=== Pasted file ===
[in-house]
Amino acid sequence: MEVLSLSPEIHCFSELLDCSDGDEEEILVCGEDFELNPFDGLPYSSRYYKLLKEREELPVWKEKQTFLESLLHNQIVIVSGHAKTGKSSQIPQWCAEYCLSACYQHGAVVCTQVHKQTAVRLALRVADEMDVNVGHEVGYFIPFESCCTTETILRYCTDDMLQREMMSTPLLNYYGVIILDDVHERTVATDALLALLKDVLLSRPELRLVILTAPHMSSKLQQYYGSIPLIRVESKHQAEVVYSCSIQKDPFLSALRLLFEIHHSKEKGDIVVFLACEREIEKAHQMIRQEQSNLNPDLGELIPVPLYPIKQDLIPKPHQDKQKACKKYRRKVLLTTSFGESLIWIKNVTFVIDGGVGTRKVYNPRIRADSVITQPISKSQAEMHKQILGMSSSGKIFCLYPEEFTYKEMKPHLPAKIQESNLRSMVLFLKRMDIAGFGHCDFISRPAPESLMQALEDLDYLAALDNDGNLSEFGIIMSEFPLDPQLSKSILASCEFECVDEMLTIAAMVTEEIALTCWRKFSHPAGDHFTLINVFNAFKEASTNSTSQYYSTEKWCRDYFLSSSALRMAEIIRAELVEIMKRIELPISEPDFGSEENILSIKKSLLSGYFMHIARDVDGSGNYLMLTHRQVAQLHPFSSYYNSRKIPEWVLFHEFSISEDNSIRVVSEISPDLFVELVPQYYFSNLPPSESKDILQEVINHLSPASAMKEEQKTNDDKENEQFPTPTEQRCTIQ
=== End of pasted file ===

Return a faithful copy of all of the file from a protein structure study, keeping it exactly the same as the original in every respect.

[in-house]
Amino acid sequence: MEVLSLSPEIHCFSELLDCSDGDEEEILVCGEDFELNPFDGLPYSSRYYKLLKEREELPVWKEKQTFLESLLHNQIVIVSGHAKTGKSSQIPQWCAEYCLSACYQHGAVVCTQVHKQTAVRLALRVADEMDVNVGHEVGYFIPFESCCTTETILRYCTDDMLQREMMSTPLLNYYGVIILDDVHERTVATDALLALLKDVLLSRPELRLVILTAPHMSSKLQQYYGSIPLIRVESKHQAEVVYSCSIQKDPFLSALRLLFEIHHSKEKGDIVVFLACEREIEKAHQMIRQEQSNLNPDLGELIPVPLYPIKQDLIPKPHQDKQKACKKYRRKVLLTTSFGESLIWIKNVTFVIDGGVGTRKVYNPRIRADSVITQPISKSQAEMHKQILGMSSSGKIFCLYPEEFTYKEMKPHLPAKIQESNLRSMVLFLKRMDIAGFGHCDFISRPAPESLMQALEDLDYLAALDNDGNLSEFGIIMSEFPLDPQLSKSILASCEFECVDEMLTIAAMVTEEIALTCWRKFSHPAGDHFTLINVFNAFKEASTNSTSQYYSTEKWCRDYFLSSSALRMAEIIRAELVEIMKRIELPISEPDFGSEENILSIKKSLLSGYFMHIARDVDGSGNYLMLTHRQVAQLHPFSSYYNSRKIPEWVLFHEFSISEDNSIRVVSEISPDLFVELVPQYYFSNLPPSESKDILQEVINHLSPASAMKEEQKTNDDKENEQFPTPTEQRCTIQ